I believe “playing the Palpatine card” is a Star Wars prequel reference. Senator Palpatine told everyone what they wanted to hear: “I’ll make things better; I agree with and will support your position; you can trust me to rule” when all along his plan was to subvert the relative galactic order of the Republic and become the Evil Emperor. I’m not sure that last part is comparable to Romney, but the possible deceitfulness may well be.

  • DonS

    Romney knew he needed to assuage the liberals who own Massachusetts to have a shot of winning the governorship in that state.

    This says more about his political ambition than it does about his views on abortion. The sad thing is, what it says is that his views are fungible, depending upon his political needs.

  • DonS

    Romney knew he needed to assuage the liberals who own Massachusetts to have a shot of winning the governorship in that state.

    This says more about his political ambition than it does about his views on abortion. The sad thing is, what it says is that his views are fungible, depending upon his political needs.

  • steve

    I’ve noticed it’s not common to find a liberal who thinks one can be educated and successful while holding conservative values.

  • steve

    I’ve noticed it’s not common to find a liberal who thinks one can be educated and successful while holding conservative values.

  • http://enterthevein.wordpress.com J. Dean

    Kimbery @12
    Yes, that’s correct. Playing both sides against the middle in order to get political power.

  • http://enterthevein.wordpress.com J. Dean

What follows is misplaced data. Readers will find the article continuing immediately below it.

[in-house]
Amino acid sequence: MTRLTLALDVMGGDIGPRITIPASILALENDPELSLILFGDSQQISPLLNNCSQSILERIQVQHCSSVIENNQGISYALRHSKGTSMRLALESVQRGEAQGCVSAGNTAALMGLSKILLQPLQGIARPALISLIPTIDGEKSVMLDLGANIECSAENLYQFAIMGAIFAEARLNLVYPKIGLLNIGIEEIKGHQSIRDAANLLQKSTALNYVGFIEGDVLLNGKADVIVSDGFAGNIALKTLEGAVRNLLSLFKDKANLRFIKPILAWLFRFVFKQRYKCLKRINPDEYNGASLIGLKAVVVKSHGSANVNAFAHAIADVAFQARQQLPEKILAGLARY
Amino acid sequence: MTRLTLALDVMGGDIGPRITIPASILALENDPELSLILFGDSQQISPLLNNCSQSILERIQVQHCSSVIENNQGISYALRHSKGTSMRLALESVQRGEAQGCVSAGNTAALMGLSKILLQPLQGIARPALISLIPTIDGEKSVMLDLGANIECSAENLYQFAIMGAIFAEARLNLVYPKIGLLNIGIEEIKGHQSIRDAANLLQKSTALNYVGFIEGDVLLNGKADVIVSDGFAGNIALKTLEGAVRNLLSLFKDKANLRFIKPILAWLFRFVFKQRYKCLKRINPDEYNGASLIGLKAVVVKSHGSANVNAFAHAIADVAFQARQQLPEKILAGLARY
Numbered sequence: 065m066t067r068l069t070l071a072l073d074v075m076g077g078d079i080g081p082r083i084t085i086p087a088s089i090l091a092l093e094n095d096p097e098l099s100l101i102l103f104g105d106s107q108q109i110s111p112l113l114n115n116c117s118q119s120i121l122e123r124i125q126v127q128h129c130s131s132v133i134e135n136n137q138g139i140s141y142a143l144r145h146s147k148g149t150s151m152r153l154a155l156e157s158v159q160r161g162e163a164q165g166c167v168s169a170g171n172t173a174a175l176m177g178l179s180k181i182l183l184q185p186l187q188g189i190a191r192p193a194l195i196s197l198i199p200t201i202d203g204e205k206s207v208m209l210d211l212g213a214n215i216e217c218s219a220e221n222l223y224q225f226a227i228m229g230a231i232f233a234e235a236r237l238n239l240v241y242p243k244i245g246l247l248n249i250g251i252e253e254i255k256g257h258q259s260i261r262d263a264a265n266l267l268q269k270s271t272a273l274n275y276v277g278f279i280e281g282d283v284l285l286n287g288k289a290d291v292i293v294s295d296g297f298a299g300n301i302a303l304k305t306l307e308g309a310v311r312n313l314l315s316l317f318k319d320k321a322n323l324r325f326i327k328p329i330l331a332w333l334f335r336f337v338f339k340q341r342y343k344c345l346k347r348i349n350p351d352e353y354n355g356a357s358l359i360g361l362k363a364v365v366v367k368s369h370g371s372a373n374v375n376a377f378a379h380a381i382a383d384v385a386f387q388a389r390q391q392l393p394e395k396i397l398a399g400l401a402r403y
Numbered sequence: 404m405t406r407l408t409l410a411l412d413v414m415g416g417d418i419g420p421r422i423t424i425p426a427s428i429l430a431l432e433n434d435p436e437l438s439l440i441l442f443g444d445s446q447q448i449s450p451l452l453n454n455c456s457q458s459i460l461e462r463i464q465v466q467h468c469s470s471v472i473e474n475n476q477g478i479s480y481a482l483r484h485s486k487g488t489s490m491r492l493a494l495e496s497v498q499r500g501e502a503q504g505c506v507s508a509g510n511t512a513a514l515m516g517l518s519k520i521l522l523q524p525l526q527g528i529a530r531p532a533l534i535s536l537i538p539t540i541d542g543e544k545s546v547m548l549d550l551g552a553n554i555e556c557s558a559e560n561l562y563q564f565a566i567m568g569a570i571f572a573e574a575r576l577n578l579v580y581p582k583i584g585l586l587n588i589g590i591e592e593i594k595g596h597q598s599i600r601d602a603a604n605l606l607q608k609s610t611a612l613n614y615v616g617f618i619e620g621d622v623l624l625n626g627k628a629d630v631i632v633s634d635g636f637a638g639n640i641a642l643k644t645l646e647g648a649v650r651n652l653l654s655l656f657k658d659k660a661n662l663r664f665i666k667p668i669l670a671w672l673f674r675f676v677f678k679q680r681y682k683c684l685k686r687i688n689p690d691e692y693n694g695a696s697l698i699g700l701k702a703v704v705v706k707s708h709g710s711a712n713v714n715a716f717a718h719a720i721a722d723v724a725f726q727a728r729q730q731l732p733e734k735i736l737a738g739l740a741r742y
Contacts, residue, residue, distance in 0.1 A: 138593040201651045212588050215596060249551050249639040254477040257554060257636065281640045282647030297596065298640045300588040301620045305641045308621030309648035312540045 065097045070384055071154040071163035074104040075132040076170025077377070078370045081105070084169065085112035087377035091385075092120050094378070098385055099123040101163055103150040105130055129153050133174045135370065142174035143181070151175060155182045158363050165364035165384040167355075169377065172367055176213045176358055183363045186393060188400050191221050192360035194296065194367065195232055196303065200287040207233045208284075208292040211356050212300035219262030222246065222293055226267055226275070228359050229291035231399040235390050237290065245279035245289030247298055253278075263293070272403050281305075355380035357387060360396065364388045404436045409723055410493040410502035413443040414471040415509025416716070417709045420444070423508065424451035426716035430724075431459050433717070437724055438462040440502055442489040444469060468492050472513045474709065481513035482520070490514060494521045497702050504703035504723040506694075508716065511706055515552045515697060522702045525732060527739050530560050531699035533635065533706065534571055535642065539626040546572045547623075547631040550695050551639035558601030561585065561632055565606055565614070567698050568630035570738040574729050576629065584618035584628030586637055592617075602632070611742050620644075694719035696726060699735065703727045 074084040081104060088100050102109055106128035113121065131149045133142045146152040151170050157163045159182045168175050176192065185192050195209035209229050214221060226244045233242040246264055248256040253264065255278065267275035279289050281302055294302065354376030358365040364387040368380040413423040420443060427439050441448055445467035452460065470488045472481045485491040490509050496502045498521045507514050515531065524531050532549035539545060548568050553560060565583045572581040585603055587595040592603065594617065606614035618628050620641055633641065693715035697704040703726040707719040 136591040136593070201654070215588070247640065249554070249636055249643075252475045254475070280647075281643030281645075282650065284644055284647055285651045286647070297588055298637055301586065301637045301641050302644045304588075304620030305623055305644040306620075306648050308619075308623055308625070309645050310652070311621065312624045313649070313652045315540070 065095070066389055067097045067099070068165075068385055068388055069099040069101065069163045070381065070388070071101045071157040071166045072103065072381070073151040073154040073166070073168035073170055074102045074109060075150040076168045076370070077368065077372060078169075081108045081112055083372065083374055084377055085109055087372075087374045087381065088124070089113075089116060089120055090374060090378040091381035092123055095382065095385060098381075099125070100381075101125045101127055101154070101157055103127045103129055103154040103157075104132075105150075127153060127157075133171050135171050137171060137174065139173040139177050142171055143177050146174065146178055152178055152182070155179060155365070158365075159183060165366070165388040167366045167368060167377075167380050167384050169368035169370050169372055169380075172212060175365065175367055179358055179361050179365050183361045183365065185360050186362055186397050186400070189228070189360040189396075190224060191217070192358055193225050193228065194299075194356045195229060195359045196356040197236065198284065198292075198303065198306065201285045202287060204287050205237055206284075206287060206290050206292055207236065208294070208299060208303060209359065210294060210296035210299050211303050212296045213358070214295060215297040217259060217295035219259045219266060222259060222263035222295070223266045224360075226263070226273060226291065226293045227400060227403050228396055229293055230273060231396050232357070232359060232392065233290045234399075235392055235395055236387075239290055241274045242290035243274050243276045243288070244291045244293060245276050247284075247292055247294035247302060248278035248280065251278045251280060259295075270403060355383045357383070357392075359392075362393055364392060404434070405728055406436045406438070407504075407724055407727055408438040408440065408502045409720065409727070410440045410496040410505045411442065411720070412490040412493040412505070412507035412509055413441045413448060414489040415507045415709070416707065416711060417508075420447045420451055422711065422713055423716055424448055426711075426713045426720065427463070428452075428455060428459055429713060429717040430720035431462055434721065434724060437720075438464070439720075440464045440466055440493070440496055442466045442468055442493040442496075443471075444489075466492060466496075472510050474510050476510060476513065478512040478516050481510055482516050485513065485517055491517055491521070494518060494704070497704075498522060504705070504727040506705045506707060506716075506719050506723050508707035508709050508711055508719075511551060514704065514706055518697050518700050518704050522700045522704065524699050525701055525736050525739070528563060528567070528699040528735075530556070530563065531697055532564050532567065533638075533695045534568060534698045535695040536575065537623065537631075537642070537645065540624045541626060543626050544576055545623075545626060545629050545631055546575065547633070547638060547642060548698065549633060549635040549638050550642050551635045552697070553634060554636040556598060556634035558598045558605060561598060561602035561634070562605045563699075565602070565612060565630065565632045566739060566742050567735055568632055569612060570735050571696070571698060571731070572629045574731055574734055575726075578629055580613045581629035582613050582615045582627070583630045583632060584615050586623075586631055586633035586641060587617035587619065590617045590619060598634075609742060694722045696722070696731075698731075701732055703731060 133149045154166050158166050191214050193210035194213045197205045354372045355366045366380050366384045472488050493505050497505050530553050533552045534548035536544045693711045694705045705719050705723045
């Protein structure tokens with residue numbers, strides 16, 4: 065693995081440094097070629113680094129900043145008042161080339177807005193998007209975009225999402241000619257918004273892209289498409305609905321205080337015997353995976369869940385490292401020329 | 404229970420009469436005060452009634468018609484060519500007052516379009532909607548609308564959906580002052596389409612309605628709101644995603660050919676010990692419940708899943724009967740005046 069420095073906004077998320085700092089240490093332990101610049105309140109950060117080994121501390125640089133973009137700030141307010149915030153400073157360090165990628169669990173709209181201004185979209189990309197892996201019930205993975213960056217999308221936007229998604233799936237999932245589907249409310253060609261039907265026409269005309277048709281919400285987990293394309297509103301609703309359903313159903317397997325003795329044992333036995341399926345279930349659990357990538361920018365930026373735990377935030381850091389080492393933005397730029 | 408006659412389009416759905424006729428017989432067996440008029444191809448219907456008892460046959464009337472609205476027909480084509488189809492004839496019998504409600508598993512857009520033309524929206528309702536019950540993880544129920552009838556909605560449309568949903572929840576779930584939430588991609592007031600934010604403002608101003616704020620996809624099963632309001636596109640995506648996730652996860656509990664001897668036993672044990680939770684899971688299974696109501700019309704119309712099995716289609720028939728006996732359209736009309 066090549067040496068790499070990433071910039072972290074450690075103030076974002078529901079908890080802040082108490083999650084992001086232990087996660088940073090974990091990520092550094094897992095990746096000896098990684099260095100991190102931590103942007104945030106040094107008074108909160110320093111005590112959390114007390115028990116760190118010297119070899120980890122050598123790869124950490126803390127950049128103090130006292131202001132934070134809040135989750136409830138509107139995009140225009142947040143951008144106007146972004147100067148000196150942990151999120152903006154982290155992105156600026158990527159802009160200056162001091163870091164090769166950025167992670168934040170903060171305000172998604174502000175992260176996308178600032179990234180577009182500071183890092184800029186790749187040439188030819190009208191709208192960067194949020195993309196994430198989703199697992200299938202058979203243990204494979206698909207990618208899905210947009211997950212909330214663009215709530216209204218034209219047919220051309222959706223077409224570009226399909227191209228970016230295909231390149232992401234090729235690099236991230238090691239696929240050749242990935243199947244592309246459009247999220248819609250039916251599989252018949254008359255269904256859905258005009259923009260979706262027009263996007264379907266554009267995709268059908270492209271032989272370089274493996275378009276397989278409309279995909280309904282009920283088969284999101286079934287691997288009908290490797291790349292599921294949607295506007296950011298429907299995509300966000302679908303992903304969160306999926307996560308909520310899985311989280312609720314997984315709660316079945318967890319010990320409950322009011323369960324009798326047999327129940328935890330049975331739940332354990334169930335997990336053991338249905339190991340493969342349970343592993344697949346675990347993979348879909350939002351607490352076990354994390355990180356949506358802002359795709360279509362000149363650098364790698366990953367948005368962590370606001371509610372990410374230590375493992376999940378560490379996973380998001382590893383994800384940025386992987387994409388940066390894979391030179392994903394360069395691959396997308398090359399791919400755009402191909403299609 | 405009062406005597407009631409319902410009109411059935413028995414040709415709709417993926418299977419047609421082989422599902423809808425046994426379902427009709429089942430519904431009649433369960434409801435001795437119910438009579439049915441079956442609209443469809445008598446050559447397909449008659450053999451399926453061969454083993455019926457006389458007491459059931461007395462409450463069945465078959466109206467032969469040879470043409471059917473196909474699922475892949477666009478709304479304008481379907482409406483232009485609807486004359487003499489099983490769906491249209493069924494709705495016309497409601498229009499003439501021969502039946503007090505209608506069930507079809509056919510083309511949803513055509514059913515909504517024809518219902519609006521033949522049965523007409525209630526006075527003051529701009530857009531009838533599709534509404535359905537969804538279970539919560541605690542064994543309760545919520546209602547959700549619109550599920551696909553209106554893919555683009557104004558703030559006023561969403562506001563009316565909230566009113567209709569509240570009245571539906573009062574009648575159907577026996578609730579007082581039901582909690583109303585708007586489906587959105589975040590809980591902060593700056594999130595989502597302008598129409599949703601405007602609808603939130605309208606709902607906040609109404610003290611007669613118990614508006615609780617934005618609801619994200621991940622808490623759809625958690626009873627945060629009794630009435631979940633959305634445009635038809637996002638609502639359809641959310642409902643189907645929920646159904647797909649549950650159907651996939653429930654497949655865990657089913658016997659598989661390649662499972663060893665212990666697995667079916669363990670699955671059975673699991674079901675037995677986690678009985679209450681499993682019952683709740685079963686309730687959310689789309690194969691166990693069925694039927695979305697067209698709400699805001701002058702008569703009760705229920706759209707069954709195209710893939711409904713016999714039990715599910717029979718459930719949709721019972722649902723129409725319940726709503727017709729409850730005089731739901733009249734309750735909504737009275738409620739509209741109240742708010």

Kimbery @12
    Yes, that’s correct. Playing both sides against the middle in order to get political power.

  • SKPeterson

    Lesbian Face Slappers of the World Unite! When the Oppressive White Male Oligarchy turns its cheek, Slap the Patriarchy Down!

    A vote for Mitt is a successful and educated vote for ending oppression.

  • SKPeterson

    Lesbian Face Slappers of the World Unite! When the Oppressive White Male Oligarchy turns its cheek, Slap the Patriarchy Down!

    A vote for Mitt is a successful and educated vote for ending oppression.

  • Jonathan

    @9 Dan K, Re: Palpatine–See Star Wars. The Emperor who starts out nice, turns to the dark side.

  • Jonathan

    @9 Dan K, Re: Palpatine–See Star Wars. The Emperor who starts out nice, turns to the dark side.

  • Michael B.

    @Dan Kempin

    You find a lot of social conservatives who regard gays as their inferiors, and when times are hard, they can find comfort in this. These social conservatives might have a lousy job and lousy marriage, but at least they “know” they’re better than those gays. Then along comes the government and tries to normalize homosexuality with gay marriage, as if gays aren’t inferior.

    If you ever watch Mississippi Burning, you’ll see a similar theme play out when Gene Hackman plays an FBI agent who questions a fortune-less Klansman and tries to understand why he is so against blacks. Finally, Gene Hackman says, “I just don’t understand you. You don’t make any sense.”. And the Klansman reply is, “Look, if I ain’t no better than a n*****, who am I better than?”

  • Michael B.

    @Dan Kempin

    You find a lot of social conservatives who regard gays as their inferiors, and when times are hard, they can find comfort in this. These social conservatives might have a lousy job and lousy marriage, but at least they “know” they’re better than those gays. Then along comes the government and tries to normalize homosexuality with gay marriage, as if gays aren’t inferior.

    If you ever watch Mississippi Burning, you’ll see a similar theme play out when Gene Hackman plays an FBI agent who questions a fortune-less Klansman and tries to understand why he is so against blacks. Finally, Gene Hackman says, “I just don’t understand you. You don’t make any sense.”. And the Klansman reply is, “Look, if I ain’t no better than a n*****, who am I better than?”

  • http://www.biblegateway.com/versions/Contemporary-English-Version-CEV-Bible/ sg

    “You find a lot of social conservatives who regard gays as their inferiors,”

    What a load of crap.

    Michael B. are you a liberal who regards social conservatives as your inferiors?